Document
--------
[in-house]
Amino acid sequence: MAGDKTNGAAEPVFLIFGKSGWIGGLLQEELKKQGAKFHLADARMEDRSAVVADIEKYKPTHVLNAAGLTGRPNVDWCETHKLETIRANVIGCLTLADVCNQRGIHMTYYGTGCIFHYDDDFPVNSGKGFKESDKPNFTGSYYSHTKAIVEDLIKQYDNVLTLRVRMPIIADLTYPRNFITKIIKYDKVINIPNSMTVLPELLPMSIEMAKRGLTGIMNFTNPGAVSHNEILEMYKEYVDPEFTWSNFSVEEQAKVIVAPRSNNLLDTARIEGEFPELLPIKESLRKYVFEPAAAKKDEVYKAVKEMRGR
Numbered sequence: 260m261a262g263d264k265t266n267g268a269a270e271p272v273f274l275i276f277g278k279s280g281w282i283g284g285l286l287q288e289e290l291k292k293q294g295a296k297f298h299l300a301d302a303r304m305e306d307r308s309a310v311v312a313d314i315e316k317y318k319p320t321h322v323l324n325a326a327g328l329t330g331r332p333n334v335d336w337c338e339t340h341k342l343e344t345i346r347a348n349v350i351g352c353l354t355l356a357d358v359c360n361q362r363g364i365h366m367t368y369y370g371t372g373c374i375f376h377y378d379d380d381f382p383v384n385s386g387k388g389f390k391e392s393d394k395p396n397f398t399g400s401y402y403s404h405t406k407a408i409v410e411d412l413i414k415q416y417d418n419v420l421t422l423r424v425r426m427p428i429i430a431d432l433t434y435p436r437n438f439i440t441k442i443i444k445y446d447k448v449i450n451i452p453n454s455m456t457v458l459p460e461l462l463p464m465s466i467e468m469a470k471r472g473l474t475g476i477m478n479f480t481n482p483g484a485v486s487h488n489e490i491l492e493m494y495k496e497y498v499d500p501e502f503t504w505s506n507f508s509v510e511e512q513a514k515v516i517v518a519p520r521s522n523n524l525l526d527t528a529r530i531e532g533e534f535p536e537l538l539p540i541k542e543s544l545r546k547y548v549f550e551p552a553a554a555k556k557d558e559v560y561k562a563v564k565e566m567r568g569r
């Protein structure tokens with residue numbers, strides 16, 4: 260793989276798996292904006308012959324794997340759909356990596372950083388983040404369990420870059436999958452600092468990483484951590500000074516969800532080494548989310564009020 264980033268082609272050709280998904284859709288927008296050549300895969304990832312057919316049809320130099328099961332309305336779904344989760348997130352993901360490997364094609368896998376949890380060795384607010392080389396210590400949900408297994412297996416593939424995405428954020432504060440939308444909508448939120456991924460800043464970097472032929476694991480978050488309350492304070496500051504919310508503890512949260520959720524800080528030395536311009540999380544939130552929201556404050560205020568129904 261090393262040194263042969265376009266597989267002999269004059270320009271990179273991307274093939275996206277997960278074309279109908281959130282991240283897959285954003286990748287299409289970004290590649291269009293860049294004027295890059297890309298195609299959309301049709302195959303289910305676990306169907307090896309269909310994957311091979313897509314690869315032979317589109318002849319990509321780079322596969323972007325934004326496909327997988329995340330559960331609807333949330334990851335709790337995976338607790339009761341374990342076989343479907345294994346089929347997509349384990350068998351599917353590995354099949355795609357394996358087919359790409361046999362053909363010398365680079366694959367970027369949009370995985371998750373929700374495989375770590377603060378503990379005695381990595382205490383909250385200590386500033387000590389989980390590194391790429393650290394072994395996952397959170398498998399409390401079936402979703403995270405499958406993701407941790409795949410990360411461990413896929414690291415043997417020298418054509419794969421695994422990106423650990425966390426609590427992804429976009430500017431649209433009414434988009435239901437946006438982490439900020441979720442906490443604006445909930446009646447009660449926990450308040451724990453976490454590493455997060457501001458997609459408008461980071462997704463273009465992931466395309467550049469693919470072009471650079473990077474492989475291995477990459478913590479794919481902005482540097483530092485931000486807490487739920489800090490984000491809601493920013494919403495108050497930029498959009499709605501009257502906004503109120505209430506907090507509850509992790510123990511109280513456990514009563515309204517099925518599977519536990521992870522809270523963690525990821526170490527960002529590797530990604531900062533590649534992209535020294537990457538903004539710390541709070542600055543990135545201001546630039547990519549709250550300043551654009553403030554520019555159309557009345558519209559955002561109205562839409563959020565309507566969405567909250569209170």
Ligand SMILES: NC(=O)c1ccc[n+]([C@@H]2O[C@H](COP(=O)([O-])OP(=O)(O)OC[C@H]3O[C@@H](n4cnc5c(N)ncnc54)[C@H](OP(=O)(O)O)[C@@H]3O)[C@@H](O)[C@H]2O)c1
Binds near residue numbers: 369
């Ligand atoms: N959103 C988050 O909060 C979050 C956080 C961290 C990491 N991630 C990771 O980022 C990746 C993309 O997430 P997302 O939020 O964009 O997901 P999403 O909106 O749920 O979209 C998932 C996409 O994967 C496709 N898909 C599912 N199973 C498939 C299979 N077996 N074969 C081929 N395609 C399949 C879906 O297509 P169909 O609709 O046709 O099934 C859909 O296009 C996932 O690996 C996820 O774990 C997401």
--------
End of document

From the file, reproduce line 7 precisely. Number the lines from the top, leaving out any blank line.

């Ligand atoms: N959103 C988050 O909060 C979050 C956080 C961290 C990491 N991630 C990771 O980022 C990746 C993309 O997430 P997302 O939020 O964009 O997901 P999403 O909106 O749920 O979209 C998932 C996409 O994967 C496709 N898909 C599912 N199973 C498939 C299979 N077996 N074969 C081929 N395609 C399949 C879906 O297509 P169909 O609709 O046709 O099934 C859909 O296009 C996932 O690996 C996820 O774990 C997401």